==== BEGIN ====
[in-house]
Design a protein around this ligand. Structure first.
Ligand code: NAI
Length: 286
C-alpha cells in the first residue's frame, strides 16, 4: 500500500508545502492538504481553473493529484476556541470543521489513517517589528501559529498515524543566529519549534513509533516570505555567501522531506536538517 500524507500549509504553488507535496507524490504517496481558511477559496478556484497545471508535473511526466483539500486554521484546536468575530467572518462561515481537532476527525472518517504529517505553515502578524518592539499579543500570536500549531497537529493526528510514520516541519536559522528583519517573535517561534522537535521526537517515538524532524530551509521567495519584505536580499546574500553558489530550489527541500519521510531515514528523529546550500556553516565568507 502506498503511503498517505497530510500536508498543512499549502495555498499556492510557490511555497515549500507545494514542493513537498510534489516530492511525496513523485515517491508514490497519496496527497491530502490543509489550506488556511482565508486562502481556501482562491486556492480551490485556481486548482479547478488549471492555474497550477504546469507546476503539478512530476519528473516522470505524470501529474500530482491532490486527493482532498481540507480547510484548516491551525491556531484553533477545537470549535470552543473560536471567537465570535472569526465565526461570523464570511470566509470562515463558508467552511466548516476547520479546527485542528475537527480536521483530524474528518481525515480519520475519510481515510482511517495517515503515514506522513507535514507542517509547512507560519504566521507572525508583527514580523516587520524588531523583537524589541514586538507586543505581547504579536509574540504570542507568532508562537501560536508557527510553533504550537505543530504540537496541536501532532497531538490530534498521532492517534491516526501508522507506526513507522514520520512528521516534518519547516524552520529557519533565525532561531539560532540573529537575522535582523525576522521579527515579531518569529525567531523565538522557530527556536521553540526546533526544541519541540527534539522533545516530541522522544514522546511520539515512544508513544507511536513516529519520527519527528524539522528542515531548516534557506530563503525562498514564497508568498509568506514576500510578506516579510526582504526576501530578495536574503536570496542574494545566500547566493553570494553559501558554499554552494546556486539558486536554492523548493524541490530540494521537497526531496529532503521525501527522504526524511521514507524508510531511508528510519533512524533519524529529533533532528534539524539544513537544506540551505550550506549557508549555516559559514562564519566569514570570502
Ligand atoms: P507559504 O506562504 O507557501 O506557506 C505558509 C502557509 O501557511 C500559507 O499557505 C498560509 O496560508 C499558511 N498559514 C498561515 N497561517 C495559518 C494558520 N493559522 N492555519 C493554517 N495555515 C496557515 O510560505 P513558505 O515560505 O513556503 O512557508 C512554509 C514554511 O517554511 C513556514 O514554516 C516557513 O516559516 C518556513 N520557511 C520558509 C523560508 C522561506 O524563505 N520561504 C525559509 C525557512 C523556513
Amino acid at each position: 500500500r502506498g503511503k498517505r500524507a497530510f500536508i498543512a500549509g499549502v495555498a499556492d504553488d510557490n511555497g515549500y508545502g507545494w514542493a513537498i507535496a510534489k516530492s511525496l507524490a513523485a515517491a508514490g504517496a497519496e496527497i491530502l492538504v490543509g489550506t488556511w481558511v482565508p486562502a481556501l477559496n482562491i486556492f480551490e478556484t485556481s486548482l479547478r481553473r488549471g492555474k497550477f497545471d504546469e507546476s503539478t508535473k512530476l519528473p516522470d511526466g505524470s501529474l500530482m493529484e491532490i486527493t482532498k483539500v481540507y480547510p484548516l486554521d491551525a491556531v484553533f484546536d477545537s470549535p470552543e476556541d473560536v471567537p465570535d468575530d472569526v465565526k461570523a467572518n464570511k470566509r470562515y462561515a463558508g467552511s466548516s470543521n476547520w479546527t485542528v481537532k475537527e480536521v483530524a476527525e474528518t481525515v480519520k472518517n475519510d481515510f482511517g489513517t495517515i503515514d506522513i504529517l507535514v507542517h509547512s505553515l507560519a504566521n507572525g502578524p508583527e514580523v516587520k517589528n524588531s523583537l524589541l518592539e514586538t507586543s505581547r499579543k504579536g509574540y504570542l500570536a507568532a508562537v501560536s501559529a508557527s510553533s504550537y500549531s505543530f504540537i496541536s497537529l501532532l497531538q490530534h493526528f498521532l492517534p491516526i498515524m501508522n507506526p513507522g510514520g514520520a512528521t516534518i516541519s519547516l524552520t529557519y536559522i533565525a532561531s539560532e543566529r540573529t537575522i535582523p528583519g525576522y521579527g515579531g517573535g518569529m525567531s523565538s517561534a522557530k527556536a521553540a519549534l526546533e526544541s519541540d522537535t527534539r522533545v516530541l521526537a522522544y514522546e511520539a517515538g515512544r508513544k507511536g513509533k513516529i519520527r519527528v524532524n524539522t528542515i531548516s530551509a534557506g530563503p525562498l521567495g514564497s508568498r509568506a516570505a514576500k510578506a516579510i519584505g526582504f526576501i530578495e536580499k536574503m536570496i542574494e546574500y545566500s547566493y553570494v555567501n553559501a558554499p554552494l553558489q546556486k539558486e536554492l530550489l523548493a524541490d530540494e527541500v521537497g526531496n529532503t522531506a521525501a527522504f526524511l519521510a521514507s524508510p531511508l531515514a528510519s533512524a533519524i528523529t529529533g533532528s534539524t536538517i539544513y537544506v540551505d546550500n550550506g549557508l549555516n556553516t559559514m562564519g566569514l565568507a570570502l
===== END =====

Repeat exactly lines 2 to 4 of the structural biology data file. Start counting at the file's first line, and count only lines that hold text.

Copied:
Design a protein around this ligand. Structure first.
Ligand code: NAI
Length: 286